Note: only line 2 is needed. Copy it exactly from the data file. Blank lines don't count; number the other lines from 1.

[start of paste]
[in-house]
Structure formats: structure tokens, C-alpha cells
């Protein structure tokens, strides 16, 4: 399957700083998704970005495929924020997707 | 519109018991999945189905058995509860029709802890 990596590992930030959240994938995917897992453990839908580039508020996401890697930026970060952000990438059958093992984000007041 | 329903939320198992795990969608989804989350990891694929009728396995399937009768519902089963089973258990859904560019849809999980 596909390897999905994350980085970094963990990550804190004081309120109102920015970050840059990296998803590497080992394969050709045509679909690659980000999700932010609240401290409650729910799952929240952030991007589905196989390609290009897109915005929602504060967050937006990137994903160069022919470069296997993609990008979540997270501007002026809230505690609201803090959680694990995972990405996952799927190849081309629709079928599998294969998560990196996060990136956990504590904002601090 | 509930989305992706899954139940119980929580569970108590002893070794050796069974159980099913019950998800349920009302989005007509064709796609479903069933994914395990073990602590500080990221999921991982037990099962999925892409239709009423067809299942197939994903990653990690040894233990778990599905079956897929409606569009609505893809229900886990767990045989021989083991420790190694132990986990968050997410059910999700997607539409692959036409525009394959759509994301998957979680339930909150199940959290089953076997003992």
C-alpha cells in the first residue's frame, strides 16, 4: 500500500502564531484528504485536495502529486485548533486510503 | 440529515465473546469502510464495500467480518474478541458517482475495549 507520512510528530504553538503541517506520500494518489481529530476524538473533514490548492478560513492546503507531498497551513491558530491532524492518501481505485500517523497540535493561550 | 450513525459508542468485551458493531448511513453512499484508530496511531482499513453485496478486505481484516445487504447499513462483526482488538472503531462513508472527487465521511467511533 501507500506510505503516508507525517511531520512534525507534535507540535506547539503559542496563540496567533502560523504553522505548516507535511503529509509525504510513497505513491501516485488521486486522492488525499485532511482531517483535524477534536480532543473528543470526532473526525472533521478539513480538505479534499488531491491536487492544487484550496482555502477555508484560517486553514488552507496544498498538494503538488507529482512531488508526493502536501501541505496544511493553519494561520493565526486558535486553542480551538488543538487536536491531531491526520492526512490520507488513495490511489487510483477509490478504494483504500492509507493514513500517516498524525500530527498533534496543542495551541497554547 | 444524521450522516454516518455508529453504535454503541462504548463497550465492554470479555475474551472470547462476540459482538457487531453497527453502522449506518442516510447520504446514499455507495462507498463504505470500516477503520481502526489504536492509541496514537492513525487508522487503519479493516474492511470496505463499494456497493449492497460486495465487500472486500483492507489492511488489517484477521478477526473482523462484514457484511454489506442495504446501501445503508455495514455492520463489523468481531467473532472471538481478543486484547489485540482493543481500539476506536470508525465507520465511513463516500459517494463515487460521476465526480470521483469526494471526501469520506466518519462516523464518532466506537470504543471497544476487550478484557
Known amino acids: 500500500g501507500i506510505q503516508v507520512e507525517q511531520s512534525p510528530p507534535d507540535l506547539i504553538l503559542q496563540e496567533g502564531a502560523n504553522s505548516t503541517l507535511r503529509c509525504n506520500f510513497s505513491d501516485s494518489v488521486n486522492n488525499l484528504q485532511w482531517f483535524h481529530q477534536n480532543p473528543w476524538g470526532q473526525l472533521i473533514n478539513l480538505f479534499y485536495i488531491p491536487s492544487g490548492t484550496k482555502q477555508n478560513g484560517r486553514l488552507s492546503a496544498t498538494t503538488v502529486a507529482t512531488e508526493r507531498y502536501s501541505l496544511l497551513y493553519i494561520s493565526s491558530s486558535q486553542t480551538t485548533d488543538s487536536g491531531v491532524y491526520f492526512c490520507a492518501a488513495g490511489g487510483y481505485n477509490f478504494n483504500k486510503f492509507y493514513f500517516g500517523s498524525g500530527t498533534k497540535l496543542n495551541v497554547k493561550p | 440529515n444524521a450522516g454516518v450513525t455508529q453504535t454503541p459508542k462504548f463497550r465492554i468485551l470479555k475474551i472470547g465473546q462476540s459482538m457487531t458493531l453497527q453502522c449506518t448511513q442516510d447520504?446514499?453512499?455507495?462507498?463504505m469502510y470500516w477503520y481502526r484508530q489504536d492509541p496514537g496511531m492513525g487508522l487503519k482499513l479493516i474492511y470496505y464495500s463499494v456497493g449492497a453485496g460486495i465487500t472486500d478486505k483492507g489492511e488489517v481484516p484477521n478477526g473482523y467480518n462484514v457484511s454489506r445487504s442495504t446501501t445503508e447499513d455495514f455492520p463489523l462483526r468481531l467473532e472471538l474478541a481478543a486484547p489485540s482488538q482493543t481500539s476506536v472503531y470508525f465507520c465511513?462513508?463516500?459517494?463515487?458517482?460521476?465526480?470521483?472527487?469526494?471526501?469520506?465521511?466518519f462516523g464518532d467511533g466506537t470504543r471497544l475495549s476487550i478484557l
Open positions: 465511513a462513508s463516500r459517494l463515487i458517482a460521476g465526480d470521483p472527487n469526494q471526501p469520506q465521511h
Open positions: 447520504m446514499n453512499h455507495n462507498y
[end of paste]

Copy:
Structure formats: structure tokens, C-alpha cells